The head of the IET has given oral evidence to a House of Commons inquiry into ‘Engineering Skills’.
Nigel Fine, chief executive of the Institution of Engineering and Technology (IET), Europe’s largest professional engineering institution, represented the engineering profession through the Education for Engineering (E4E) alliance.
Key skills issues facing the engineering sector include the need for a mix of both academic and vocational training to be offered so that technical learning opportunities are provided for everyone who wishes to pursue them.
“More work needs to be done to improve the public’s understanding of what engineering is and the diversity of engineering jobs and careers, including vocational routes and especially apprenticeships," Fine said.
“Properly accredited and approved engineering apprenticeship schemes provide a high-quality alternative to traditional academic routes.
"Starting an apprenticeship should be seen as the first step to a successful engineering career with clear pathways through to the most senior roles.”
Fine highlighted the value of technical education to complement the English Baccalaureate, for example the application of science and mathematics using Design & Technology and the Engineering Diploma at Key Stages 2 and 3.
“Careers advice in the UK is very poor,” he said. “Schools are still focused on sending pupils to university rather than through vocational and technical pathways.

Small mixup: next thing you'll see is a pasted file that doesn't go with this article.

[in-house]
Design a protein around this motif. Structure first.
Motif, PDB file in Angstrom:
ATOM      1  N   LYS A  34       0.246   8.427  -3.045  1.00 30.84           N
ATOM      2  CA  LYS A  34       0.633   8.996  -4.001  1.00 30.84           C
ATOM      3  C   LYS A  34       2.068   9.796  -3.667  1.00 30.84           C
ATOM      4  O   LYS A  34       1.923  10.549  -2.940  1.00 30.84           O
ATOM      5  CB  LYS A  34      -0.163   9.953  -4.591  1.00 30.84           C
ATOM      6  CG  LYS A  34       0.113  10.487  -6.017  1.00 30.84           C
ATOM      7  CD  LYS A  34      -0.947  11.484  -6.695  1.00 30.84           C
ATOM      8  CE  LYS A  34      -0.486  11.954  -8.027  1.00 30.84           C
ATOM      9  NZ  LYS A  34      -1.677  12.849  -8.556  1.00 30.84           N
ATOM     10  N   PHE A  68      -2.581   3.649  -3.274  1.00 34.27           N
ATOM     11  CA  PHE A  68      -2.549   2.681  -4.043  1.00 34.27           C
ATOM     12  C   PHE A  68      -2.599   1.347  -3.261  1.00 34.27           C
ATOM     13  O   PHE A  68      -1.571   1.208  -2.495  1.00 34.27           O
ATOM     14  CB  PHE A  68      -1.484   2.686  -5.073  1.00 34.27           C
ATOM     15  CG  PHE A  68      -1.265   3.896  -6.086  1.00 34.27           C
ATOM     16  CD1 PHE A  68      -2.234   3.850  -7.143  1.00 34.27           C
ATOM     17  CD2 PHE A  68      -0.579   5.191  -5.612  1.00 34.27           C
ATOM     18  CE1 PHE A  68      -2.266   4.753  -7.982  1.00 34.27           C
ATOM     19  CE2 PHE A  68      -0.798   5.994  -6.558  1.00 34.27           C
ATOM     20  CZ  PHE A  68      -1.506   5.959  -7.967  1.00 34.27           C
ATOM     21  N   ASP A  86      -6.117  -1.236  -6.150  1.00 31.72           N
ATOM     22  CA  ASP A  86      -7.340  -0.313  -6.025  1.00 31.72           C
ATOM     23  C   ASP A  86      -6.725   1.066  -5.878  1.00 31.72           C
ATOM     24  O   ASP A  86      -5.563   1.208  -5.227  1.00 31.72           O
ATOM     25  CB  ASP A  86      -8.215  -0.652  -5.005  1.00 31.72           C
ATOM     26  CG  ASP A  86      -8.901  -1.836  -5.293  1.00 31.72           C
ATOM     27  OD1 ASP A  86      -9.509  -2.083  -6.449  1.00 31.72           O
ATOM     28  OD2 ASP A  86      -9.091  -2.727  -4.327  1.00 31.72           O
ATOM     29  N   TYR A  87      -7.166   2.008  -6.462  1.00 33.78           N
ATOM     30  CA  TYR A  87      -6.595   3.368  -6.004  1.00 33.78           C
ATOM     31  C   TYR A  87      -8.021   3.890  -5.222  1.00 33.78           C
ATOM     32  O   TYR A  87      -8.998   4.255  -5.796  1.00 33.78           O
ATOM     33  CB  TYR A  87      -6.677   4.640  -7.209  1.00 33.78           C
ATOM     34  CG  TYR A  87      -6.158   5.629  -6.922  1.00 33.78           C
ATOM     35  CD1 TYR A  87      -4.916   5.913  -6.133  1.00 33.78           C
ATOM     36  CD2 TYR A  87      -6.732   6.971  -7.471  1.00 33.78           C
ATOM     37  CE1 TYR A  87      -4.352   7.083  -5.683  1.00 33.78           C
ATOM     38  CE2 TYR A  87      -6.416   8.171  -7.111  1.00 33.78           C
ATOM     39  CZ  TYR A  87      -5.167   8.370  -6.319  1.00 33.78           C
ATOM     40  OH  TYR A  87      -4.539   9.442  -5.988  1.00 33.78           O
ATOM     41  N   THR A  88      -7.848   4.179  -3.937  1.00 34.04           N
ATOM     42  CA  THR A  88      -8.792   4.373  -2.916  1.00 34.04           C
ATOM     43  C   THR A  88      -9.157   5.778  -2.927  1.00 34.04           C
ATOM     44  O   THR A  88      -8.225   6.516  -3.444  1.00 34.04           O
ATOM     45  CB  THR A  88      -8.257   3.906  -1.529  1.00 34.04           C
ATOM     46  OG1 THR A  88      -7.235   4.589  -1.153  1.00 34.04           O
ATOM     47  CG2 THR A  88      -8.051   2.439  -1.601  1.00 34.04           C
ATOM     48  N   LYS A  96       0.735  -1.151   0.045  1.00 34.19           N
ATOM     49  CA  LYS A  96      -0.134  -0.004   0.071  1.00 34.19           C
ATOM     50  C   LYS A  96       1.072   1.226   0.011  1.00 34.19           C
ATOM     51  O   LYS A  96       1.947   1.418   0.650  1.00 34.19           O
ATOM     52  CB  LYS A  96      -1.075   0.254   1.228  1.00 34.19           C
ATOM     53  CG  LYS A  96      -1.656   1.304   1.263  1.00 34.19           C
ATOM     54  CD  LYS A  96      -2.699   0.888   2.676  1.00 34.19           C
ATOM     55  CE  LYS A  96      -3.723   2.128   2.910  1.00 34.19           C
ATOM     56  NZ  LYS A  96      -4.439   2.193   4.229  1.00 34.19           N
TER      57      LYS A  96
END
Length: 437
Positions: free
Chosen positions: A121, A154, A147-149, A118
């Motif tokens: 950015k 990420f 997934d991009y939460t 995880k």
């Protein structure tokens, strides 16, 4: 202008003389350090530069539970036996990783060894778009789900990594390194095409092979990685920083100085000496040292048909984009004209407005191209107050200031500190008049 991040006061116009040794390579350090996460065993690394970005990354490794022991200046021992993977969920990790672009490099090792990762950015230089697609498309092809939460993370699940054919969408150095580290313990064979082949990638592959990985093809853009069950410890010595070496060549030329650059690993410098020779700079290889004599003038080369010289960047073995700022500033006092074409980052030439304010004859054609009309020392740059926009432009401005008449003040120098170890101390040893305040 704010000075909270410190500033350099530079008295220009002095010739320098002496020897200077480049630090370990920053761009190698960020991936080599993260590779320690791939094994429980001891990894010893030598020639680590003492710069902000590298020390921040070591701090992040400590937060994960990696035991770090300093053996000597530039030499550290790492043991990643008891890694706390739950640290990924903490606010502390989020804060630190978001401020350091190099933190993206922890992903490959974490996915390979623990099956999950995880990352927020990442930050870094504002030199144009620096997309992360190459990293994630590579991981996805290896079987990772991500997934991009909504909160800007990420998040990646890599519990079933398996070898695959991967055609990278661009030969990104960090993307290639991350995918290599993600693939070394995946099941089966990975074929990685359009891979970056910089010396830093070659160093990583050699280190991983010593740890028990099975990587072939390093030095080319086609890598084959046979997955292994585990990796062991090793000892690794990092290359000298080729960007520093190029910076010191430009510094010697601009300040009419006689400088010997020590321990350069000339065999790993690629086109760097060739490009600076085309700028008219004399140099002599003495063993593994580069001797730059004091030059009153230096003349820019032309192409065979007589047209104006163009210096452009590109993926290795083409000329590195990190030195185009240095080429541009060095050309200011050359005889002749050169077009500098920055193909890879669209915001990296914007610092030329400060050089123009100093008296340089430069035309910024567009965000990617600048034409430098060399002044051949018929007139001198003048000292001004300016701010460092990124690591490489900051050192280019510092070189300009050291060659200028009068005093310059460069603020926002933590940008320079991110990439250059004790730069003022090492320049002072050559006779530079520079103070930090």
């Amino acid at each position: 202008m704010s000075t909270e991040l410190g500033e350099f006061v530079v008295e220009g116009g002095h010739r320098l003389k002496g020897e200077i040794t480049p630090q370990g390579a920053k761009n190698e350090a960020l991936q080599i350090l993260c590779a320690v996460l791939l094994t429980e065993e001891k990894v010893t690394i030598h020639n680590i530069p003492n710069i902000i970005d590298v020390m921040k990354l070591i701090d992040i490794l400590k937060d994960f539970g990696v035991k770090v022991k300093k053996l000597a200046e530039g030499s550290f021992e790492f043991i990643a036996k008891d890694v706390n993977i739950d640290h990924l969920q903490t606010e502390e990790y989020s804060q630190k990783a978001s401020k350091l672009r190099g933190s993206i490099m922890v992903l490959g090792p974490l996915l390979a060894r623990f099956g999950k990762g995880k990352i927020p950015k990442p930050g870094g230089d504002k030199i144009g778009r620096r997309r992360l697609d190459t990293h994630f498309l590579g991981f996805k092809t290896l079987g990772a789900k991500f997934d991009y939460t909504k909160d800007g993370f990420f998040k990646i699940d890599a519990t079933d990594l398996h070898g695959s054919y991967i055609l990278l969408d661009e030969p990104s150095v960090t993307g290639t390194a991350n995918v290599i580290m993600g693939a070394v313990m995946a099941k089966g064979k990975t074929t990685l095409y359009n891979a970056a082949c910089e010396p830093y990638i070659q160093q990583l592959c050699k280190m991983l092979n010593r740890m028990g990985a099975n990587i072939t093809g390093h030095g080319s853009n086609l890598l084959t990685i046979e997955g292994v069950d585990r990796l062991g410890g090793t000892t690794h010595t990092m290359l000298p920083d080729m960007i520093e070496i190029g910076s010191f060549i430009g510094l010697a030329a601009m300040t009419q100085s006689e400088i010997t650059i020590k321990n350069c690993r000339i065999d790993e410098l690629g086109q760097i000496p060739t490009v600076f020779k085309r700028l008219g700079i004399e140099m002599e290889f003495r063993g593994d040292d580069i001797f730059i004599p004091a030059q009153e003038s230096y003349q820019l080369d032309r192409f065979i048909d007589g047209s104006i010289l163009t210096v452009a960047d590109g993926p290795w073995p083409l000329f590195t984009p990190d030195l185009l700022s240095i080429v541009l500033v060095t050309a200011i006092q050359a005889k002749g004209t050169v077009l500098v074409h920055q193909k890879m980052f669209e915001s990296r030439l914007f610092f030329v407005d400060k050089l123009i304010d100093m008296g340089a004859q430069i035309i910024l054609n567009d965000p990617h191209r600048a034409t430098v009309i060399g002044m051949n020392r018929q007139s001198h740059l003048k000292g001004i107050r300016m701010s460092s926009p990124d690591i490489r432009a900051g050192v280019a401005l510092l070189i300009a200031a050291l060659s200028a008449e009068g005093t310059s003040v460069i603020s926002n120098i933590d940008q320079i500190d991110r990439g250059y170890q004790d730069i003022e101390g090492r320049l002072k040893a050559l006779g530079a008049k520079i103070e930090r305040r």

“It is important to recognise that both routes are equally valuable. Teachers and careers advisors within schools must do more to raise awareness of these routes as a viable option for their students.”
E4E strongly believes that to encourage the study of technical subjects, young people must be engaged pre-14 so they can make an informed decision about subject choices.
If this is not addressed, there will be a worryingly small pipeline of young people going on to pursue technical careers, resulting in a continuing skills gap and negative consequences for the UK economy.
Data from the IET’s 2012 'Skills and Demand in Industry Annual Survey' shows that the engineering workforce age profile continues to increase, which could become problematic if more young people do not enter the profession.
Matthew Harrison from the Royal Academy of Engineering talked about the ‘Jobs and Growth’ report and the recent developments on the Engineering Diploma.
Bill Mitchell from the BCS gave oral evidence on the need to reintroduce computer science, programming and more challenging aspects of ICT back into the school curriculum.